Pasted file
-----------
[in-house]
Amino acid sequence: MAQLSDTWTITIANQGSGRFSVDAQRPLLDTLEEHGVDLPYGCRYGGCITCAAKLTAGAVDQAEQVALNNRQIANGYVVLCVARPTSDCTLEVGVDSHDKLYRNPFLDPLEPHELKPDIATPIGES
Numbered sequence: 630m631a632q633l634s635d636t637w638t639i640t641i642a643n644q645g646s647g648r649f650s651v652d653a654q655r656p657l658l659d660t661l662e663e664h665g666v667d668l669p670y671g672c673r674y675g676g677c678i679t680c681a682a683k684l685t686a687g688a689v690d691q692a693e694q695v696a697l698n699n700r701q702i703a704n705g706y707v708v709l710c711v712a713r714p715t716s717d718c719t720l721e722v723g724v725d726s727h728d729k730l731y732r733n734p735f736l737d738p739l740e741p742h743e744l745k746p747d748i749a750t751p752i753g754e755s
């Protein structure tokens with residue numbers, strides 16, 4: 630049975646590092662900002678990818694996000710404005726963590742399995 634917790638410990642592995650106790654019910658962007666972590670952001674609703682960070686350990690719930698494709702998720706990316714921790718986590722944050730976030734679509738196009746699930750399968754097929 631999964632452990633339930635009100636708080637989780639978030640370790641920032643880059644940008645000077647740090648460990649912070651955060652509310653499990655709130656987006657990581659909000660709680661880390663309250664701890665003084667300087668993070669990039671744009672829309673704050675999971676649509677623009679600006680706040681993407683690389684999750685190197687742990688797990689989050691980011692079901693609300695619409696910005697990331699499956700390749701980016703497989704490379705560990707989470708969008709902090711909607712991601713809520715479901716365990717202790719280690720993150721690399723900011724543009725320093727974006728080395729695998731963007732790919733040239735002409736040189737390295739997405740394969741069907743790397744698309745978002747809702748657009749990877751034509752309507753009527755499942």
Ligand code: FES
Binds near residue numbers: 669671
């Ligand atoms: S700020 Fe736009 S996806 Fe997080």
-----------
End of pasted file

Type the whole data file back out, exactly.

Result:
[in-house]
Amino acid sequence: MAQLSDTWTITIANQGSGRFSVDAQRPLLDTLEEHGVDLPYGCRYGGCITCAAKLTAGAVDQAEQVALNNRQIANGYVVLCVARPTSDCTLEVGVDSHDKLYRNPFLDPLEPHELKPDIATPIGES
Numbered sequence: 630m631a632q633l634s635d636t637w638t639i640t641i642a643n644q645g646s647g648r649f650s651v652d653a654q655r656p657l658l659d660t661l662e663e664h665g666v667d668l669p670y671g672c673r674y675g676g677c678i679t680c681a682a683k684l685t686a687g688a689v690d691q692a693e694q695v696a697l698n699n700r701q702i703a704n705g706y707v708v709l710c711v712a713r714p715t716s717d718c719t720l721e722v723g724v725d726s727h728d729k730l731y732r733n734p735f736l737d738p739l740e741p742h743e744l745k746p747d748i749a750t751p752i753g754e755s
């Protein structure tokens with residue numbers, strides 16, 4: 630049975646590092662900002678990818694996000710404005726963590742399995 634917790638410990642592995650106790654019910658962007666972590670952001674609703682960070686350990690719930698494709702998720706990316714921790718986590722944050730976030734679509738196009746699930750399968754097929 631999964632452990633339930635009100636708080637989780639978030640370790641920032643880059644940008645000077647740090648460990649912070651955060652509310653499990655709130656987006657990581659909000660709680661880390663309250664701890665003084667300087668993070669990039671744009672829309673704050675999971676649509677623009679600006680706040681993407683690389684999750685190197687742990688797990689989050691980011692079901693609300695619409696910005697990331699499956700390749701980016703497989704490379705560990707989470708969008709902090711909607712991601713809520715479901716365990717202790719280690720993150721690399723900011724543009725320093727974006728080395729695998731963007732790919733040239735002409736040189737390295739997405740394969741069907743790397744698309745978002747809702748657009749990877751034509752309507753009527755499942």
Ligand code: FES
Binds near residue numbers: 669671
């Ligand atoms: S700020 Fe736009 S996806 Fe997080």